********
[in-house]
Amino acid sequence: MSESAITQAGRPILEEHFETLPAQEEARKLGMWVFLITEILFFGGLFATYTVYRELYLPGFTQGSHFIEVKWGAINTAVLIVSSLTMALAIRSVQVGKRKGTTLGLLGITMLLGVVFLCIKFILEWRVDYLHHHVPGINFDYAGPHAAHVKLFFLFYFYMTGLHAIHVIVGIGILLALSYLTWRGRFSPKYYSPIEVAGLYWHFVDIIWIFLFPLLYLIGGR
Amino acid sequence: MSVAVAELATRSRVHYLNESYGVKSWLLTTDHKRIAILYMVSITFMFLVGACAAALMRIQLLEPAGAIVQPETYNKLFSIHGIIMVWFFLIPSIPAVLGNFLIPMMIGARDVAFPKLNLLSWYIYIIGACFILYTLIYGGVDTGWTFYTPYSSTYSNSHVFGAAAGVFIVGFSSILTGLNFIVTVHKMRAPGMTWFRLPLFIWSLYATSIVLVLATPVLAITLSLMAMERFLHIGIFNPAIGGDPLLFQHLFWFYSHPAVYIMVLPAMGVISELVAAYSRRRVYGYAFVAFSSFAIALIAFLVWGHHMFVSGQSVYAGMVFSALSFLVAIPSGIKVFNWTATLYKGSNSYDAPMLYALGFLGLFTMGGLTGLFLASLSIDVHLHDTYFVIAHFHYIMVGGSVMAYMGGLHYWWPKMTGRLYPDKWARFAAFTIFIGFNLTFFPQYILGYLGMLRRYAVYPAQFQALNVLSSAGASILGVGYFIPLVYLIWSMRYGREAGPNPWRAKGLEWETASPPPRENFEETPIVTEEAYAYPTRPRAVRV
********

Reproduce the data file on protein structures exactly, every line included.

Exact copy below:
[in-house]
Amino acid sequence: MSESAITQAGRPILEEHFETLPAQEEARKLGMWVFLITEILFFGGLFATYTVYRELYLPGFTQGSHFIEVKWGAINTAVLIVSSLTMALAIRSVQVGKRKGTTLGLLGITMLLGVVFLCIKFILEWRVDYLHHHVPGINFDYAGPHAAHVKLFFLFYFYMTGLHAIHVIVGIGILLALSYLTWRGRFSPKYYSPIEVAGLYWHFVDIIWIFLFPLLYLIGGR
Amino acid sequence: MSVAVAELATRSRVHYLNESYGVKSWLLTTDHKRIAILYMVSITFMFLVGACAAALMRIQLLEPAGAIVQPETYNKLFSIHGIIMVWFFLIPSIPAVLGNFLIPMMIGARDVAFPKLNLLSWYIYIIGACFILYTLIYGGVDTGWTFYTPYSSTYSNSHVFGAAAGVFIVGFSSILTGLNFIVTVHKMRAPGMTWFRLPLFIWSLYATSIVLVLATPVLAITLSLMAMERFLHIGIFNPAIGGDPLLFQHLFWFYSHPAVYIMVLPAMGVISELVAAYSRRRVYGYAFVAFSSFAIALIAFLVWGHHMFVSGQSVYAGMVFSALSFLVAIPSGIKVFNWTATLYKGSNSYDAPMLYALGFLGLFTMGGLTGLFLASLSIDVHLHDTYFVIAHFHYIMVGGSVMAYMGGLHYWWPKMTGRLYPDKWARFAAFTIFIGFNLTFFPQYILGYLGMLRRYAVYPAQFQALNVLSSAGASILGVGYFIPLVYLIWSMRYGREAGPNPWRAKGLEWETASPPPRENFEETPIVTEEAYAYPTRPRAVRV